In order to put your question in perspective, you need to consider atmospheric mixing and the size of the system you are curious about. The troposphere is several kilometers thick and the mixed layer of atmosphere above the ground can occupy a significant fraction of the troposphere. Granted, during cold events, the temperature of the air can be so cold that the lack of convective motion creates a very shallow (e.g. 10s of meters) mixing layer. Though, 15 meters above the ground will virtually always be within the mixed layer near the ground, despite cold weather events.
Some people do measure air quality at the ground level, but it is generally done in the context of studying biogenic emissions (e.g. soil emissions or below-canopy tree emissions). However, those are special field studies, which have different objectives than typical air quality monitor sites.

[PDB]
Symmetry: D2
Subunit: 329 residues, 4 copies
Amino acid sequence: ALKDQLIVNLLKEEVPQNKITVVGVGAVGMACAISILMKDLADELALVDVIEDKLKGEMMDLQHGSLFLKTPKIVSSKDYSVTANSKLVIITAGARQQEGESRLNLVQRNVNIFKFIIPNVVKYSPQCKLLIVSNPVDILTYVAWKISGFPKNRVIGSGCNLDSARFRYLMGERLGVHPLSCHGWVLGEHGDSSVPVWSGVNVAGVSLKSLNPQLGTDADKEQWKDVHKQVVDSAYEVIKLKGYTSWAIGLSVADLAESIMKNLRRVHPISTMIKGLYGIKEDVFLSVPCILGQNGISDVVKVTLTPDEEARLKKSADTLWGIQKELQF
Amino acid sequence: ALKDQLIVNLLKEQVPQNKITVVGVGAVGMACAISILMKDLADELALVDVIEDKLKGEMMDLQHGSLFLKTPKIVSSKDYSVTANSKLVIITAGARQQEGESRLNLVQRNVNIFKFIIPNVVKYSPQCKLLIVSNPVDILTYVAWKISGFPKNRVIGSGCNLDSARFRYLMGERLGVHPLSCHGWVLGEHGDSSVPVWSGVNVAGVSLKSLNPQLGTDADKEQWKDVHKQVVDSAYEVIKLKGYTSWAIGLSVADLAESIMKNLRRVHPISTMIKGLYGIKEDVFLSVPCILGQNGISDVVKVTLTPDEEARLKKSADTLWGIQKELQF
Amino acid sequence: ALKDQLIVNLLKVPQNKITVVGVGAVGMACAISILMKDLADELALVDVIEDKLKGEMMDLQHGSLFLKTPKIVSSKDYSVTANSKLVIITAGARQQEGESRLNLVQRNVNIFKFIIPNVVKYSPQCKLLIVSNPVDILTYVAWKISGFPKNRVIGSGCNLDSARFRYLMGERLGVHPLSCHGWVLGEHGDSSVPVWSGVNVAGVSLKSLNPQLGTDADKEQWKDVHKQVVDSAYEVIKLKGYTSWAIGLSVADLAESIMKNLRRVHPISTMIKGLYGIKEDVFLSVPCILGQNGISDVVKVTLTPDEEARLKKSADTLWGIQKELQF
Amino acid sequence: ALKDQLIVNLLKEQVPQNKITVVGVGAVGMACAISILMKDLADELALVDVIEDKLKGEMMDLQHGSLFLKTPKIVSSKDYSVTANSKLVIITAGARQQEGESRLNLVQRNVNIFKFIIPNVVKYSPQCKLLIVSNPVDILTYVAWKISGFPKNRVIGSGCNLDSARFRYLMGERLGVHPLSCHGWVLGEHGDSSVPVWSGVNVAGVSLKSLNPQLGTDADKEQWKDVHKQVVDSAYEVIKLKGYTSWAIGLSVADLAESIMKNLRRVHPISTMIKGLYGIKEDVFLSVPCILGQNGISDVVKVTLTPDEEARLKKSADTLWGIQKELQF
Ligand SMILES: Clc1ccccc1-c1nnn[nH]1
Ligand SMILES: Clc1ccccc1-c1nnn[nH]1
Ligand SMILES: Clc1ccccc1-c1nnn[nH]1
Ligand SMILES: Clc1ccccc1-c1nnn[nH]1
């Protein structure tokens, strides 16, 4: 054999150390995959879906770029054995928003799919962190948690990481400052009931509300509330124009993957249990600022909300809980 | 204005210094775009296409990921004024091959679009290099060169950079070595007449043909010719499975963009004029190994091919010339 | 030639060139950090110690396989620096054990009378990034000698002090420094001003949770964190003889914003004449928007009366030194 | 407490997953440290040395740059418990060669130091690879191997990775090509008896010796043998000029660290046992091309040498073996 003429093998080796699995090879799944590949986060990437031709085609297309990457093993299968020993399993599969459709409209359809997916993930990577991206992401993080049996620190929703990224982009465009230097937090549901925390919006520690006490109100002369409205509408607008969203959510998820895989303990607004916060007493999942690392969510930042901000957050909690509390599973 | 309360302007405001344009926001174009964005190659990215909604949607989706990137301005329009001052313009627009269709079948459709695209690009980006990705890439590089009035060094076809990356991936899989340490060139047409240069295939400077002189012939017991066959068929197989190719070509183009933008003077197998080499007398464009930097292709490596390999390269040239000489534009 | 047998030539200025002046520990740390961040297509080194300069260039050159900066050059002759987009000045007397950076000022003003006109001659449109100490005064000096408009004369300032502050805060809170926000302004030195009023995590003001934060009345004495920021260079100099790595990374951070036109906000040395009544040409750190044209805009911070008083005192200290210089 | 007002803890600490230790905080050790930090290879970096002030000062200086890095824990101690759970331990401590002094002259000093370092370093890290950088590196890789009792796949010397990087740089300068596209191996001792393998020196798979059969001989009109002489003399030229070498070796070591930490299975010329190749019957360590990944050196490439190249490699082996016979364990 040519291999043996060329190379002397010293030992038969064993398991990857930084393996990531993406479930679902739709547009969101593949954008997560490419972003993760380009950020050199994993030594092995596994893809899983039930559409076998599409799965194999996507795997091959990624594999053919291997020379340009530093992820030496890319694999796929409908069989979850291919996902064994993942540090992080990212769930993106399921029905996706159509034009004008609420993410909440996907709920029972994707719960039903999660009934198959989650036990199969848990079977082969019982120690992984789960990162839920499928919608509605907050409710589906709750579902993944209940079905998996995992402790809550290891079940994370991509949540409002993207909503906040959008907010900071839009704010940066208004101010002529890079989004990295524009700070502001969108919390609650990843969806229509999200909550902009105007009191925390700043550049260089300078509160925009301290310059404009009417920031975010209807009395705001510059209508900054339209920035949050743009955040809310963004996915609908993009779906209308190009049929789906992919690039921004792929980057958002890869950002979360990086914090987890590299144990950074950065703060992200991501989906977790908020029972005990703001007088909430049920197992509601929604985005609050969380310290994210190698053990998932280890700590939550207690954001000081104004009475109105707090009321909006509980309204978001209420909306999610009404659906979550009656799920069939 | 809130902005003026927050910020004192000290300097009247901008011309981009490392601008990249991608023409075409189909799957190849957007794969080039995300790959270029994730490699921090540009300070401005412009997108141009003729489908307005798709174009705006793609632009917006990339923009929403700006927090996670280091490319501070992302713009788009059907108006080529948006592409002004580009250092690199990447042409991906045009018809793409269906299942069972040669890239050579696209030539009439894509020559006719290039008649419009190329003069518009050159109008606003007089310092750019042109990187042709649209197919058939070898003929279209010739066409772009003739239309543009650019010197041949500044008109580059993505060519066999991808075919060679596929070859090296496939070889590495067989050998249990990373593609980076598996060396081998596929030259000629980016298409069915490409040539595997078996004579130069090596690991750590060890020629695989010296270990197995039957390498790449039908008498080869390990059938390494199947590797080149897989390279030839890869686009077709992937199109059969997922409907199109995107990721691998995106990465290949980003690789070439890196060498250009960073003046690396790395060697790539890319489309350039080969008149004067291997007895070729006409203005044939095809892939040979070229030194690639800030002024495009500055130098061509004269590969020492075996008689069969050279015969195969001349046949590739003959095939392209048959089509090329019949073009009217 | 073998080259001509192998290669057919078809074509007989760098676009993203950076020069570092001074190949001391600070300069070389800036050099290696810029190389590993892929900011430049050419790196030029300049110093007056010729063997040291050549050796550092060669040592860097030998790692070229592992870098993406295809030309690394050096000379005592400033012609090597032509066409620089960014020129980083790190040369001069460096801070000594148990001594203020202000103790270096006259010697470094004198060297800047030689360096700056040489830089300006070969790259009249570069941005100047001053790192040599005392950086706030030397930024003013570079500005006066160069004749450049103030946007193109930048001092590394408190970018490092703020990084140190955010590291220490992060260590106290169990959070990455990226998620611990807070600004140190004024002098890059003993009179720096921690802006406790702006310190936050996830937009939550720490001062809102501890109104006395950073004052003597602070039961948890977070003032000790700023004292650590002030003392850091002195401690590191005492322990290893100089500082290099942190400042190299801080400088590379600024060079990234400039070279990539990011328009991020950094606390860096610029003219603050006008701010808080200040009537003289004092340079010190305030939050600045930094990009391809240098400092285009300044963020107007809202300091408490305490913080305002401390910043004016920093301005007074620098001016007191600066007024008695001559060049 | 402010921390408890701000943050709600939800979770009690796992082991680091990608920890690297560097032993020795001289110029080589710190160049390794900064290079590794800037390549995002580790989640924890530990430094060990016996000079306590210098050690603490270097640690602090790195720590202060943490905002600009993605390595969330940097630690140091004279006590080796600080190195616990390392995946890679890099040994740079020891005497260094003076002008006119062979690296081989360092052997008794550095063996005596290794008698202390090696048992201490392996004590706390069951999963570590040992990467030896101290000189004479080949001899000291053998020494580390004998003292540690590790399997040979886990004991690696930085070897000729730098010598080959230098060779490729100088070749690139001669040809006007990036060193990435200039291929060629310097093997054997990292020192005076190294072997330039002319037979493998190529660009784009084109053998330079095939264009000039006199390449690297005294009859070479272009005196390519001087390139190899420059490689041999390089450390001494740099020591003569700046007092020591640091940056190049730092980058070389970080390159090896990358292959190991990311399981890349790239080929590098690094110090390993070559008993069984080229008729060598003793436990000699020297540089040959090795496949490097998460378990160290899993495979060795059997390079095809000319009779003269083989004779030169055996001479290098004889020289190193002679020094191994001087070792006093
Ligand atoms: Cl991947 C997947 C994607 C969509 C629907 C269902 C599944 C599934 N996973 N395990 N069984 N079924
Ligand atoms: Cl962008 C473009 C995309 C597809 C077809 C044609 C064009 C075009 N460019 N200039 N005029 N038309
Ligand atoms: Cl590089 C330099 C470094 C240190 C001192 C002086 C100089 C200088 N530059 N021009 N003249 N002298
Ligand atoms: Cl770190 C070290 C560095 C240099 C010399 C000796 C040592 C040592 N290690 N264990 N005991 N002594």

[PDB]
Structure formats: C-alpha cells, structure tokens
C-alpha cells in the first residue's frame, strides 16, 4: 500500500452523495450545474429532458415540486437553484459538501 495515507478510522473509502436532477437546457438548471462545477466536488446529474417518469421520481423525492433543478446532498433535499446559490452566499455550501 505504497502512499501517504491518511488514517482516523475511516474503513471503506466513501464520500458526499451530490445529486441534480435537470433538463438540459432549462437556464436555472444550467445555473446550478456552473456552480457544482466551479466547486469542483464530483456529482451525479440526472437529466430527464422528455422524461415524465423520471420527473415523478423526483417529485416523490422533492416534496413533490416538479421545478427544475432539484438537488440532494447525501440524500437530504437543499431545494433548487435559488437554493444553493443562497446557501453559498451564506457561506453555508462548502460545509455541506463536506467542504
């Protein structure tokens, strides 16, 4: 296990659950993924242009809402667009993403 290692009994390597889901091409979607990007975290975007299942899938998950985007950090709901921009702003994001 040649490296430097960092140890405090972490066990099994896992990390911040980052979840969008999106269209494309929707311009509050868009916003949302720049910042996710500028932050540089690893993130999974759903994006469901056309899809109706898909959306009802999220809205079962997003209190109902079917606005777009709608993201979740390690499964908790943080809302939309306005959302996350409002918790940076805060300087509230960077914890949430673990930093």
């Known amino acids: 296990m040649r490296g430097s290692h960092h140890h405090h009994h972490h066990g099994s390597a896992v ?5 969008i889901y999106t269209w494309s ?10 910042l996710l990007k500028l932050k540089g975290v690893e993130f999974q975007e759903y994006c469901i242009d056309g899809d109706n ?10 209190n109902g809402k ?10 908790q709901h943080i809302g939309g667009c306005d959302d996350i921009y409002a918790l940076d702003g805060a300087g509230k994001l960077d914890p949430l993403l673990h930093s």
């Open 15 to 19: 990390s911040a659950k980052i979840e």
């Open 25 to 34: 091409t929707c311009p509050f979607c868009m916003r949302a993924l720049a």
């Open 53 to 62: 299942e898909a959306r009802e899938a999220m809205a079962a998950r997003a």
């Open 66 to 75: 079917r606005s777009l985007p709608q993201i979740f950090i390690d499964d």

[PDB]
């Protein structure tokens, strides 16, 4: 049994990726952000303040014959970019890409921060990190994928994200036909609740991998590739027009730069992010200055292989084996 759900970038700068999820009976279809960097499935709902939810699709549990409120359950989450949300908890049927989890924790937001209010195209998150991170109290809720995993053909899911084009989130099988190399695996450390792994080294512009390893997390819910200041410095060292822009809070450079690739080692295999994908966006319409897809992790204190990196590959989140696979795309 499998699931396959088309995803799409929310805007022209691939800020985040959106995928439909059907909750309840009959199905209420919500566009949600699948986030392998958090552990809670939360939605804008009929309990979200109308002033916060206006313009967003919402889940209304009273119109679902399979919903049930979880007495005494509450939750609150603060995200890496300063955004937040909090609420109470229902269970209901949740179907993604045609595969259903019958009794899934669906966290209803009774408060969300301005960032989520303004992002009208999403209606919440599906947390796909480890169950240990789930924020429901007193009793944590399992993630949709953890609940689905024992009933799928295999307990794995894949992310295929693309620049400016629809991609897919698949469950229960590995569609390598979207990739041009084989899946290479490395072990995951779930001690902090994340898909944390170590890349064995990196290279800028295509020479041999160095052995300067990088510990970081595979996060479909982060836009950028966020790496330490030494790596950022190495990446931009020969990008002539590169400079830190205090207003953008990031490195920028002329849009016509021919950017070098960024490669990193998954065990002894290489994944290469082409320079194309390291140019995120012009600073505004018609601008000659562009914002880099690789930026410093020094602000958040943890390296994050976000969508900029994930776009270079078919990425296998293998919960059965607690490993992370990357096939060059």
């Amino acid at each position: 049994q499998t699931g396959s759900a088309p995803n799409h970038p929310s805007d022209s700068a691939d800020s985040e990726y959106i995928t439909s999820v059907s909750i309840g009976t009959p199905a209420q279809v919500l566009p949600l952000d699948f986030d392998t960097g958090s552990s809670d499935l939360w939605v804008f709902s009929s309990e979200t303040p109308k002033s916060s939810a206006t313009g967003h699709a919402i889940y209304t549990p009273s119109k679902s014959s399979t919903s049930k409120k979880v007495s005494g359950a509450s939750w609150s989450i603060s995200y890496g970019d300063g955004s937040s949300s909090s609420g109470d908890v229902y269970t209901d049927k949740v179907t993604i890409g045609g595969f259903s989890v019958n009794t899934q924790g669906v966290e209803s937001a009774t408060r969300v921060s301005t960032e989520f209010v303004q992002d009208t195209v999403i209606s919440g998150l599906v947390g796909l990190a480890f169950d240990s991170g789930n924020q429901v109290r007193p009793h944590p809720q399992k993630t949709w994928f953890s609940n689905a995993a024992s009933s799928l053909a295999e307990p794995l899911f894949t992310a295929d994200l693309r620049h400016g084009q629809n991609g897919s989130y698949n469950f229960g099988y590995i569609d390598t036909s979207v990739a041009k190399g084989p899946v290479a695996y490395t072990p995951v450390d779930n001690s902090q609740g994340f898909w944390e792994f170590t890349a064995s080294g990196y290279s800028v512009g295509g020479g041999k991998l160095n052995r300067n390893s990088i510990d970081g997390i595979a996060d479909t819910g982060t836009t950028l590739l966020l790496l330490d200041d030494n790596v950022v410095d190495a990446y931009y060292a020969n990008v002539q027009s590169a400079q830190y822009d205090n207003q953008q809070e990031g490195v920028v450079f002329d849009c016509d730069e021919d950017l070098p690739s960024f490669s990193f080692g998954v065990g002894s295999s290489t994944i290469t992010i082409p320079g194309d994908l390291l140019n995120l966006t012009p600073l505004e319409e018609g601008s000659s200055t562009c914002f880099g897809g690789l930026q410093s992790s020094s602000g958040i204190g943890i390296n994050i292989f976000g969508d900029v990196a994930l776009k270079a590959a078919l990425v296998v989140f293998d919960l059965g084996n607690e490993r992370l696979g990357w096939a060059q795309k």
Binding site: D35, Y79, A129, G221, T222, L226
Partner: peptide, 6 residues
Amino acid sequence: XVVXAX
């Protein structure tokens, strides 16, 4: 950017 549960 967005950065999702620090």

Typical air quality monitor sites are relatively sparse, and even large cities have just a few monitors. Generally, monitors are located in such a way that they are observing well mixed air, so that it represents air quality in the region. It is imperative that you put your air quality monitor high enough above the ground so that it isn't being directly influenced by emission sources (e.g. your neighbors wood stove, or a car's tailpipe). Otherwise, if you put the monitor literally on the ground, you will often be observing much more variance, with higher peaks that represent that specific location only. See this post for more info on how monitor locations are selected. You can also see this EPA handbook on siting monitors which notes: